7. Prevent Dog-Park Bullying By Knowing the Signs
    As the weather gets warmer, you may be bringing your dog to the dog park more often. Make sure it’s a safe and fun time for all by knowing the symptoms of bullying and how to deal with them.

    8. Keep Artificial Sweeteners Away from Your Dog
    Springtime and Easter go hand in hand and that means plenty of chocolate and other dangerous dog treats. Keep your pup safe as you celebrate spring by keeping all sweets, candies and gum away from your dog. While many people know about the dangers of chocolate, only a small amount of the common artificial sweetener xylitol can be deadly.

    *Source Courtesy of Petfinder

  • 5 Easy Ways to Save on Vet Costs

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    Being a responsible doggy parent takes a great deal of commitment – and often times a great deal of expense. Not only does your furry best friend require your time and attention, he or she also needs regular veterinary care. Caring for a dog isn’t just about putting out food and providing shelter – it’s usually a 10 to 20 year commitment that includes vaccinations, medications, and other expenses, especially as your pup reaches her senior years.

    Fortunately, there are simple preventative measures you can take that help cut your costly vet expenses, without sacrificing your dog’s well-being. In fact, by following these tips, you’ll not only save money, but you’ll help your dog live a healthier and happier life! You see, preventative care is the best way to keep your dog healthy as she ages.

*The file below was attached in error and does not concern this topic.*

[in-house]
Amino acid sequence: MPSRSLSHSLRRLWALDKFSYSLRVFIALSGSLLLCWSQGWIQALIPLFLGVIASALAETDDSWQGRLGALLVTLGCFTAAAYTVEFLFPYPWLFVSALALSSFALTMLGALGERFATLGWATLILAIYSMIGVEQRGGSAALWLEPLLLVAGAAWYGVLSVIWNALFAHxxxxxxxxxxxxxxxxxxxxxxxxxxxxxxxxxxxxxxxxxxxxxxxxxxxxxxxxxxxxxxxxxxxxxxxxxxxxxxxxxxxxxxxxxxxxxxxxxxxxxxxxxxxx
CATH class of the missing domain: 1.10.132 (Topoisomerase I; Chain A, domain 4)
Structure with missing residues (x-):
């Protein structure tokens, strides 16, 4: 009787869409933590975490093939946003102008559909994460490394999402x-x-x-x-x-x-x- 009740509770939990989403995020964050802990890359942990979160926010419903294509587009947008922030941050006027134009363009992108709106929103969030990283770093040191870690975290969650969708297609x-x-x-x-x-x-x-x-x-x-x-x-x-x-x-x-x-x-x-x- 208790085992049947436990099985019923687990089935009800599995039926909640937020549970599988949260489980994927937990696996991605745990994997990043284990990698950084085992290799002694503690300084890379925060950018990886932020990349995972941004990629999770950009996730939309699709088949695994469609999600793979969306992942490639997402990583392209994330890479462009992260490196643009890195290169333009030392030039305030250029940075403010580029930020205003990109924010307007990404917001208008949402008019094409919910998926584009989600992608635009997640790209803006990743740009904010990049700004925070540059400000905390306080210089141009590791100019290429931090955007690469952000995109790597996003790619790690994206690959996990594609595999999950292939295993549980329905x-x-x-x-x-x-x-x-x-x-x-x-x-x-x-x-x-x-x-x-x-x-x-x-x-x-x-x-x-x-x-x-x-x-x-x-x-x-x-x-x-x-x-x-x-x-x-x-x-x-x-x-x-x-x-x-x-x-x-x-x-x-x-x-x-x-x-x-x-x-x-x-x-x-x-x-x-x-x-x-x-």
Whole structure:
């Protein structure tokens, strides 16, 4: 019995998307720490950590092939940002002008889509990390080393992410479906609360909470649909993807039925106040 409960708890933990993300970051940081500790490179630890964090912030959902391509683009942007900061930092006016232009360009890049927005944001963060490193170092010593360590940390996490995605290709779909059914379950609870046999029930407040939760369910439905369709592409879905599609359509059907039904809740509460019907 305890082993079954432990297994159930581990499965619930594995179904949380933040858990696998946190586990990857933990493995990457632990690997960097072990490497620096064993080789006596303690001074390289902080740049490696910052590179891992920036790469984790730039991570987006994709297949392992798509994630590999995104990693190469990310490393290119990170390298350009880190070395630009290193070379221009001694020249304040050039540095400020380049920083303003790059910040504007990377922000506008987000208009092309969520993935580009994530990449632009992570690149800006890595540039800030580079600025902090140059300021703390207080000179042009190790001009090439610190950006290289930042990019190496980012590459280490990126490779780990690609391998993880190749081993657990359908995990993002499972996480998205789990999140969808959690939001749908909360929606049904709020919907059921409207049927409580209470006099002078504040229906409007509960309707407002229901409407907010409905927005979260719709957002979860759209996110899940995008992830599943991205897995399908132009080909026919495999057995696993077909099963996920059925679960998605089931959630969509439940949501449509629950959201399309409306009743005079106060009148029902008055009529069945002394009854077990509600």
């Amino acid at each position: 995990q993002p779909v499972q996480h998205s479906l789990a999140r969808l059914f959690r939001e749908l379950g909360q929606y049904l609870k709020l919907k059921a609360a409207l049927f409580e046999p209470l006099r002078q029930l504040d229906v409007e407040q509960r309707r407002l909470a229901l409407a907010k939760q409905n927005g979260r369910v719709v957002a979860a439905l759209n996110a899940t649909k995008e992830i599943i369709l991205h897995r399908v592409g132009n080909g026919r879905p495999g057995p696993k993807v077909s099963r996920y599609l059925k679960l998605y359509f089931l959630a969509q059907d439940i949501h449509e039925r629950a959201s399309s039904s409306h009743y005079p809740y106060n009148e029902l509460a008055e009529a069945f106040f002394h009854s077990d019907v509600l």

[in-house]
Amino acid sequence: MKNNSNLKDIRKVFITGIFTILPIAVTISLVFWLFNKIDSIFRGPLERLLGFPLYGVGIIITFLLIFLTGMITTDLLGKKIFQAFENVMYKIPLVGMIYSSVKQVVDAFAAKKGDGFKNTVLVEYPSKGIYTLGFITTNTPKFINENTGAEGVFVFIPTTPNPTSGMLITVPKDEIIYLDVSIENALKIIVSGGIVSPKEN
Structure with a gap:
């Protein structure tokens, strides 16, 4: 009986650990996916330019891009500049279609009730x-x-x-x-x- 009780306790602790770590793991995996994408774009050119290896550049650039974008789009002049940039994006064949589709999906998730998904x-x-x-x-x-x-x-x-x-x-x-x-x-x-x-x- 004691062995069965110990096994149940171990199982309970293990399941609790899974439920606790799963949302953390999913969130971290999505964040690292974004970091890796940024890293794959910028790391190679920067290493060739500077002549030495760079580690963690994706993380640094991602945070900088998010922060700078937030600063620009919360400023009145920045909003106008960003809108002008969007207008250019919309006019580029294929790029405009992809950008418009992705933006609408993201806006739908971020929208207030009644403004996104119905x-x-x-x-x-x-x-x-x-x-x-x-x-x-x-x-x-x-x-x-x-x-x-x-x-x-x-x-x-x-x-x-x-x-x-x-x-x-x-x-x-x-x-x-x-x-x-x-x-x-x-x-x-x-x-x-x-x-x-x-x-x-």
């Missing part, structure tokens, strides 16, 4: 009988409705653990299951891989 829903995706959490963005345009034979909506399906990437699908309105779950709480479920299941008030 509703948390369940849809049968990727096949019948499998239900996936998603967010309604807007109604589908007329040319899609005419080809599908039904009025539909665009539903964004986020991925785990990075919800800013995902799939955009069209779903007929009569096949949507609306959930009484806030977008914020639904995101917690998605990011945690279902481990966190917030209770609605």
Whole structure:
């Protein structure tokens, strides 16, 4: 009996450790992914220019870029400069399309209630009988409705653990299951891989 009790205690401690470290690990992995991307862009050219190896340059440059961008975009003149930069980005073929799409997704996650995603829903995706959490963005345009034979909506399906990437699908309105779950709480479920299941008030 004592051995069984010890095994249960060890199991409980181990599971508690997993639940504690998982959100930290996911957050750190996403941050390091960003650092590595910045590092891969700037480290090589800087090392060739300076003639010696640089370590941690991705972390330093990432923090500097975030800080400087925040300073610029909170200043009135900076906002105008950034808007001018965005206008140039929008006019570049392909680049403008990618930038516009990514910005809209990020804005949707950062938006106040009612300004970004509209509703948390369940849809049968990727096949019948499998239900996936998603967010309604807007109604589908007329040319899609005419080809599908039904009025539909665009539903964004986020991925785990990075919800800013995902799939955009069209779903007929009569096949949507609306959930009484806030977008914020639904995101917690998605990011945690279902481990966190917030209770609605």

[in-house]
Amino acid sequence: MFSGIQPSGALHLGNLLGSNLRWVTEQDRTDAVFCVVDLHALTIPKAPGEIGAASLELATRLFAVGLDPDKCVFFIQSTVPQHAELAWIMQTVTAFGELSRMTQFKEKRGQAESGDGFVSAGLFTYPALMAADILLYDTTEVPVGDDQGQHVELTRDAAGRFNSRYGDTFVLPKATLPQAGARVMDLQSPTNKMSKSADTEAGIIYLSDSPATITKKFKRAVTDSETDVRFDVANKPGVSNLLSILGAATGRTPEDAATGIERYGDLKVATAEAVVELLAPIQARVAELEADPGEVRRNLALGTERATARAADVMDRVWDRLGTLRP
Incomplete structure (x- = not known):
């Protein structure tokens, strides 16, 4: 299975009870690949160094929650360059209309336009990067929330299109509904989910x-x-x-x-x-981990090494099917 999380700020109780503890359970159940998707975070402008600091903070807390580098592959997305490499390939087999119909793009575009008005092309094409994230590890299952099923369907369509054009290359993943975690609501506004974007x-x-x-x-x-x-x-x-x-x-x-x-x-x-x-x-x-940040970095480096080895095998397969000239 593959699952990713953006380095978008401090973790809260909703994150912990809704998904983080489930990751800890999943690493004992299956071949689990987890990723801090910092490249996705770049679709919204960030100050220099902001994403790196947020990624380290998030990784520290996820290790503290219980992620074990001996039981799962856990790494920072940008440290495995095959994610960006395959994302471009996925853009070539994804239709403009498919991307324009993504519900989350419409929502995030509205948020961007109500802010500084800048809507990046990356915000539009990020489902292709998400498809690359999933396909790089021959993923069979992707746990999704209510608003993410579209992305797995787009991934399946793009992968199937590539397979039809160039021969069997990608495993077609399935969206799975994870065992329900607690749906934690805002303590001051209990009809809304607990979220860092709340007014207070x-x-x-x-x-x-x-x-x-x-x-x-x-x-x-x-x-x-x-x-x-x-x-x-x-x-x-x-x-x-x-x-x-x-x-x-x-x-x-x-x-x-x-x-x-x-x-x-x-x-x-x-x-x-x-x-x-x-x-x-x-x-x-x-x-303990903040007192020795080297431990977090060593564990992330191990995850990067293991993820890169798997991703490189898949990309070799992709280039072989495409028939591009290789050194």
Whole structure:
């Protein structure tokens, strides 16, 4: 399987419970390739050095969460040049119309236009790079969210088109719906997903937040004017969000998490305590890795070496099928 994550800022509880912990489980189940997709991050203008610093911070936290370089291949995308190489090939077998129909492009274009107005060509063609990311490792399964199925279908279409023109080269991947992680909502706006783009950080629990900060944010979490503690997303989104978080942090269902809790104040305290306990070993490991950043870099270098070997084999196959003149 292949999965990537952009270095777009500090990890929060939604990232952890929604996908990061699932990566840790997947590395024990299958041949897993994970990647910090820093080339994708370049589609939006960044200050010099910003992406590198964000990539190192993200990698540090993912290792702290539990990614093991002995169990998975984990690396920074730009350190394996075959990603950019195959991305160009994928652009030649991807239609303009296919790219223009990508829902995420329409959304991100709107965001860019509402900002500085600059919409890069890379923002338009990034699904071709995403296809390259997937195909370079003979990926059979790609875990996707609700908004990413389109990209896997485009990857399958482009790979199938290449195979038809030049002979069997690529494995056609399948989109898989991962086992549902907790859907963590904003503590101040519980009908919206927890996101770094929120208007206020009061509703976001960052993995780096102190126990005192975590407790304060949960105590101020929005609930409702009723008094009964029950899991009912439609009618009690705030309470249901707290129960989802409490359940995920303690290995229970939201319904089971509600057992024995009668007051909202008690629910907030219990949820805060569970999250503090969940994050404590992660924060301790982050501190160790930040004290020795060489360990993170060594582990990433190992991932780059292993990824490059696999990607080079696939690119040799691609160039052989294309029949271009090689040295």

1. Spay or Neuter Your Dog
    Besides preventing unwanted litters of puppies, spaying helps prevent uterine infections and breast cancer in female dogs and keeps them from going into heat. Neutering prevents testicular cancer in male dogs and curbs their desire to escape and roam away from home. Altered pets tend to be much better behaved animals, too.

    So how does spaying or neutering save money on vet bills? Well the cost of this surgery is far less than the cost of raising litters of puppies and the cost of treating medical conditions like infections, cancers, or even injuries that may arise from unaltered dogs who escape their yards. Save even more money by searching for low-cost spay/neuter clinics in your area!

    2. Stay Current on Vaccines and Other Preventatives
    If you stay on top of vaccines and parasite prevention, you’re much less likely to incur vet expenses down the road from illnesses that are easily preventable!